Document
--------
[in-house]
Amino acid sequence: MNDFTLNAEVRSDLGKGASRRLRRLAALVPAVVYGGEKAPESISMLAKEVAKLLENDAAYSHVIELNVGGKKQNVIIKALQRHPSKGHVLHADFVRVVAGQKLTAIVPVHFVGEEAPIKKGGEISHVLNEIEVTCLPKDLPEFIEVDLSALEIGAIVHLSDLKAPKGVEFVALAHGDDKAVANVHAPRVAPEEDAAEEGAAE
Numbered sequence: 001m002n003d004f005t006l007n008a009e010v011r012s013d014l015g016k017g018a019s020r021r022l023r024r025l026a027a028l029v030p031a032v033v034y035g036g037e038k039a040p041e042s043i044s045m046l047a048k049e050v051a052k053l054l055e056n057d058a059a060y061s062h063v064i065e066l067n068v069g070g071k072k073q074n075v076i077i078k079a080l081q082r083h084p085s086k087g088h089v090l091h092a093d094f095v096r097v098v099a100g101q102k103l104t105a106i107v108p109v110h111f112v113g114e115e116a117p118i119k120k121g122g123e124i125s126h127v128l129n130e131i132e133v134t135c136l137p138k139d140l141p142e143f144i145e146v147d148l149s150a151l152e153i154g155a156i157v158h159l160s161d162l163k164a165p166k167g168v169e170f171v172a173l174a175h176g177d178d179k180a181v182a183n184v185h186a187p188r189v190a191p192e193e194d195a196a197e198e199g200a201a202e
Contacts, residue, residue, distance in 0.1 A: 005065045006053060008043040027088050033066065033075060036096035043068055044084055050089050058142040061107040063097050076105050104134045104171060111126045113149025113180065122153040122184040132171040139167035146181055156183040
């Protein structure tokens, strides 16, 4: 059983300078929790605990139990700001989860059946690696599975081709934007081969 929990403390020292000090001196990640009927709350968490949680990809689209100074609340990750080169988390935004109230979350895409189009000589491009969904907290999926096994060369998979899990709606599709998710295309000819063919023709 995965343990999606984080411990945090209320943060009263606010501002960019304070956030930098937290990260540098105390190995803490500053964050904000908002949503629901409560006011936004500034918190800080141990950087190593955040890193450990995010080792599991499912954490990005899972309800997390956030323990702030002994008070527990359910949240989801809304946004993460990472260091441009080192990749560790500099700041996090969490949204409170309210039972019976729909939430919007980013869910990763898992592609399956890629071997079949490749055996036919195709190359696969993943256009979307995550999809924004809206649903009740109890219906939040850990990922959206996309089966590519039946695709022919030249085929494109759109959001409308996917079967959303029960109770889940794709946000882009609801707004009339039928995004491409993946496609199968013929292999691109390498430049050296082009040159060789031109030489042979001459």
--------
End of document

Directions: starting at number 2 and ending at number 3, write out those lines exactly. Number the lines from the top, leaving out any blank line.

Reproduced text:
Amino acid sequence: MNDFTLNAEVRSDLGKGASRRLRRLAALVPAVVYGGEKAPESISMLAKEVAKLLENDAAYSHVIELNVGGKKQNVIIKALQRHPSKGHVLHADFVRVVAGQKLTAIVPVHFVGEEAPIKKGGEISHVLNEIEVTCLPKDLPEFIEVDLSALEIGAIVHLSDLKAPKGVEFVALAHGDDKAVANVHAPRVAPEEDAAEEGAAE
Numbered sequence: 001m002n003d004f005t006l007n008a009e010v011r012s013d014l015g016k017g018a019s020r021r022l023r024r025l026a027a028l029v030p031a032v033v034y035g036g037e038k039a040p041e042s043i044s045m046l047a048k049e050v051a052k053l054l055e056n057d058a059a060y061s062h063v064i065e066l067n068v069g070g071k072k073q074n075v076i077i078k079a080l081q082r083h084p085s086k087g088h089v090l091h092a093d094f095v096r097v098v099a100g101q102k103l104t105a106i107v108p109v110h111f112v113g114e115e116a117p118i119k120k121g122g123e124i125s126h127v128l129n130e131i132e133v134t135c136l137p138k139d140l141p142e143f144i145e146v147d148l149s150a151l152e153i154g155a156i157v158h159l160s161d162l163k164a165p166k167g168v169e170f171v172a173l174a175h176g177d178d179k180a181v182a183n184v185h186a187p188r189v190a191p192e193e194d195a196a197e198e199g200a201a202e